Jorris and Miss Turner with Mr. Hol
tein. The first bridesmaid came
text followed by the dame of honor |
nd the matrons of honor. The rib
?on girls and the candle bearers be
ng the last to leave their places.
From the church the guests re
taired to the home of Mrs. Mary J.
Jorris and Mrs. Tillman, grandmoth
r and mother of the bride. Here
verything was in keeping with the
lesign and beaut/" of the church.
As the guests approached the home
hey were greeted with the merry
aughter and enthusiasm of those
vho had preceeded them, and met at
he door by very gracious friends
if the family, Mrs. Bettis Cantelou,
1rs. P. P. Blalock, Jr., Mrs. M. R.
Vright of Johnston, Mrs. J. H. Can
elou, Miss Virginia Addison and
irs. R. G. Lee, who directed them
nto the drawing room on the right
irhere stood the bridal party and
1rs. Tillman, mother of the bride, in
he receiving line. Mrs. Tillman wore
, costume of shell pink satin with
ilver overdress and girdle of crys
al beads, and was beautiful as she
Iways is whether in simple attire
r arrayed in the wedding garment.
?he finishing touch to her costume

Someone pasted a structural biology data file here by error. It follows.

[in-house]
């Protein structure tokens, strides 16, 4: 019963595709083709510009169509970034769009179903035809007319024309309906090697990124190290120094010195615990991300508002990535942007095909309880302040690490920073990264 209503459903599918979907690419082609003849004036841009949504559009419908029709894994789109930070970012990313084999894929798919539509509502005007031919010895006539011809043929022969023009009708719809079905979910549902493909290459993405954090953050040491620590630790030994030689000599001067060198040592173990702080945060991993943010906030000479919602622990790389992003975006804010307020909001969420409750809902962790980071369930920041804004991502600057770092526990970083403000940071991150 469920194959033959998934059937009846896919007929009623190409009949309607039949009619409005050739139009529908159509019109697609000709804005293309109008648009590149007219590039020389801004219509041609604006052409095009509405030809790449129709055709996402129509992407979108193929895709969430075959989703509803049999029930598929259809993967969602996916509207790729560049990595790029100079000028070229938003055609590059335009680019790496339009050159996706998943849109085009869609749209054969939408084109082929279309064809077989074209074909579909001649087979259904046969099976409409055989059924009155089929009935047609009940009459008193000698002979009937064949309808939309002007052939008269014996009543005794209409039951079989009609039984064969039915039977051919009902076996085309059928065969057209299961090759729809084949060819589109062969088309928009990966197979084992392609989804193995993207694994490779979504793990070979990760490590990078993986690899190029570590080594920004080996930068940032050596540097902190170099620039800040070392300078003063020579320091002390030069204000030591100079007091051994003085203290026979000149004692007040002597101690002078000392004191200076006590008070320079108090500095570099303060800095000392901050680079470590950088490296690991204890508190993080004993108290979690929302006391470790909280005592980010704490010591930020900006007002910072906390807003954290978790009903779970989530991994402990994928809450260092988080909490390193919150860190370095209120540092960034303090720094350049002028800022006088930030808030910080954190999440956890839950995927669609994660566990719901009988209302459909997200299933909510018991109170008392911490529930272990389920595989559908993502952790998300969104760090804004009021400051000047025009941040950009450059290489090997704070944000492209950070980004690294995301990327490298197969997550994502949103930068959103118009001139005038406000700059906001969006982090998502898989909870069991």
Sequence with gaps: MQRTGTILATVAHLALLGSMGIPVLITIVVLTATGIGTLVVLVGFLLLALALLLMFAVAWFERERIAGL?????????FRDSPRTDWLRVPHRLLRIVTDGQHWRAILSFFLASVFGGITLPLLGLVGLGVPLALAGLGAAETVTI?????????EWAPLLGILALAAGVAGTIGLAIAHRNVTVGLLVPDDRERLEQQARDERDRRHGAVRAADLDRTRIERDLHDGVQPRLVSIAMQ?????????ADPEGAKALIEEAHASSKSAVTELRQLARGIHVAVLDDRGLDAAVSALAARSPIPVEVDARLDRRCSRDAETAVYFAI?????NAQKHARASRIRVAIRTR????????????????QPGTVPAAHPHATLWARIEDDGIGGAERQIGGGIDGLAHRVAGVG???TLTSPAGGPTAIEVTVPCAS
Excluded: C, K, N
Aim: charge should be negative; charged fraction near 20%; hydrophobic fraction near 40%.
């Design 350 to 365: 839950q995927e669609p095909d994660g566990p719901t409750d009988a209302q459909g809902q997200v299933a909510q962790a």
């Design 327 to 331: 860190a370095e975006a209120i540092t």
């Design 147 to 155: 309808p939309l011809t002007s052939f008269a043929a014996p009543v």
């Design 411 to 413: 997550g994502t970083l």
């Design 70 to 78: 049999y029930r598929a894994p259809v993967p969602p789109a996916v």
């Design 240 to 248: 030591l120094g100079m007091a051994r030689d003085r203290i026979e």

ras a corsage of Russell Beauty
oses and fern.
The library was tastefully deco
ated in fall flowers cut from na
( Continued on Eighth Page J
American Legion Club Rooms
Monday night, November the 1st,
the first meeting of the American
Legion Club took place in the club
rooms in the Tompkins building.
About 50 were present at the first
meeting. The doors were opened at
8 o'clock and evei*y one seemingly
had a very nice time. The club rooms
will remain open prcatically all d?y.
While the American Legion is back
ing the club, it is composed to a large
extent of not only legion members
but a great many business men of the
town. Hon. James 0. Sheppard who
is commander of the American Le
gion acted as Master , of Ceremonies
and at nine o'clock called the mem
bers to order so that plans for oper
ating the club successfully could be
discussed. It was decided that the
best plan would be to elect a commit
tee of six to manage the club. The
Hon. A. S. Tompkins, Dr. J. S. Byrd,
Dr. B. Frank Jones, Mr. Bettis Can
telou, Hon. James 0. Sheppard and
Claude T. Burnett were elected as
members of the committee. Later
during the evening the committee
held its first meeting and elected
James 0. Sheppard as president and
Claude T. Burnett as secretary and
All who wish to join who have not
lone so may see the secretary and
nave their names entered on the club
roll. Rules under which the club will
jperate will be drawn up in a short
The American Legion will cele
)rate Armistice day in the club
.ooms on the 11th of November.
Death of Miss Artelia Posey.
On October the 17th, 1920 the
?weet spirit of our sister and friend,